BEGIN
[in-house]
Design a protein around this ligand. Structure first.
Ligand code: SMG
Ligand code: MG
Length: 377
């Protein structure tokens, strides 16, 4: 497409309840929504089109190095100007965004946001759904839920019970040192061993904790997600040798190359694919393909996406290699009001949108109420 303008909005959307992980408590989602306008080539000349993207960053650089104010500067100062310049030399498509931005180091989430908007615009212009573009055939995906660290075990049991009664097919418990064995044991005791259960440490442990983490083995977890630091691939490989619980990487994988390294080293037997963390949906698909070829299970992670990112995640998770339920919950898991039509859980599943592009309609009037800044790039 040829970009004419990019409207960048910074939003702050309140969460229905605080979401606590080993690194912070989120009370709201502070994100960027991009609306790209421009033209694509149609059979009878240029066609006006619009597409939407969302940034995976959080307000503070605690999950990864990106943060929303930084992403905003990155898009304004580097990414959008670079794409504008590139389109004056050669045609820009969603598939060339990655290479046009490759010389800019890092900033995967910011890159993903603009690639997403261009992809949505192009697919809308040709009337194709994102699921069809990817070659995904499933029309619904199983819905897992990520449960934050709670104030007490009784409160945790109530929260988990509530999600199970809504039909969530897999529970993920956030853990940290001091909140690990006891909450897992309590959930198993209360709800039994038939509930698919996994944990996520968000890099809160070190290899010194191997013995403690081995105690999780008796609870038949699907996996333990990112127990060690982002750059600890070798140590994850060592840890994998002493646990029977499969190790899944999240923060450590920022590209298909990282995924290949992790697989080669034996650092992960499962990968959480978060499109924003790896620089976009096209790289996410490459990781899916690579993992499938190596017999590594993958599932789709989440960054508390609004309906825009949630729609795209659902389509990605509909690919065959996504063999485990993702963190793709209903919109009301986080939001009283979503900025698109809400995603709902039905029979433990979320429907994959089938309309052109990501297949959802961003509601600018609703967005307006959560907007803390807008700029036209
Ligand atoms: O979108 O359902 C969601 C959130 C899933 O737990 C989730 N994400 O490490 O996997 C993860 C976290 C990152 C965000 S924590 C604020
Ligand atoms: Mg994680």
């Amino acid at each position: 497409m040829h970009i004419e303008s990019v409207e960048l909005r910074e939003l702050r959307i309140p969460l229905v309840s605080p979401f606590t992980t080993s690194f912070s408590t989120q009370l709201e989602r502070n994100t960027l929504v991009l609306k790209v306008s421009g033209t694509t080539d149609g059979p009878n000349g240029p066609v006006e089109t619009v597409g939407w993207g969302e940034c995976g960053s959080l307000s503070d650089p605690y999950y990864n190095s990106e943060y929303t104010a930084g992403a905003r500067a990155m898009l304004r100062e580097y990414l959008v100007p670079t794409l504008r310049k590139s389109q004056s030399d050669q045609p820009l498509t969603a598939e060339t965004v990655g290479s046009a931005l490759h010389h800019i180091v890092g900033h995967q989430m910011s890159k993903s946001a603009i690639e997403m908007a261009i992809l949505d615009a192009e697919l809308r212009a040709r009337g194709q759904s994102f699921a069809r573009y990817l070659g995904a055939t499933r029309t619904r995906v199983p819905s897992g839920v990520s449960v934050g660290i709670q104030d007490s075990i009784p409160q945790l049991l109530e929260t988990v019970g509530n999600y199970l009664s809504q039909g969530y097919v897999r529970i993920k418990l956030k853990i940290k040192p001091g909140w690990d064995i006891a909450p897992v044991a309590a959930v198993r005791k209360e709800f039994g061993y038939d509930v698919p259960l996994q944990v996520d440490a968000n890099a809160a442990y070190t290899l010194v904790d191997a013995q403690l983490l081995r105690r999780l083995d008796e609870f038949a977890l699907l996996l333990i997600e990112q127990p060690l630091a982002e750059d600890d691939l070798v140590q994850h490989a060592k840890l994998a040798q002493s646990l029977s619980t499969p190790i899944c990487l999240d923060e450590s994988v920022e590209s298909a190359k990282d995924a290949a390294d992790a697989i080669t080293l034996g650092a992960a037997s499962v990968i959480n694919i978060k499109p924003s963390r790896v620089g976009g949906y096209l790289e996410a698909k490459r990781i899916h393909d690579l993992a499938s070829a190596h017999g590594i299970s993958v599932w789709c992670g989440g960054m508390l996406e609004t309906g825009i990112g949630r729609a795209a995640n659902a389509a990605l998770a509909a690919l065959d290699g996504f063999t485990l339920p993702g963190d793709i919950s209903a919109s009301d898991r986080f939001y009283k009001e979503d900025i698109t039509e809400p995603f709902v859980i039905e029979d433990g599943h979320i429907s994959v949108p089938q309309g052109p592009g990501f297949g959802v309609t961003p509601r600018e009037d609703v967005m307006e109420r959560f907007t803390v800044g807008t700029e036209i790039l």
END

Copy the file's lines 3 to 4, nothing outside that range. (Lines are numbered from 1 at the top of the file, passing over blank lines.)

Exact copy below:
Ligand code: SMG
Ligand code: MG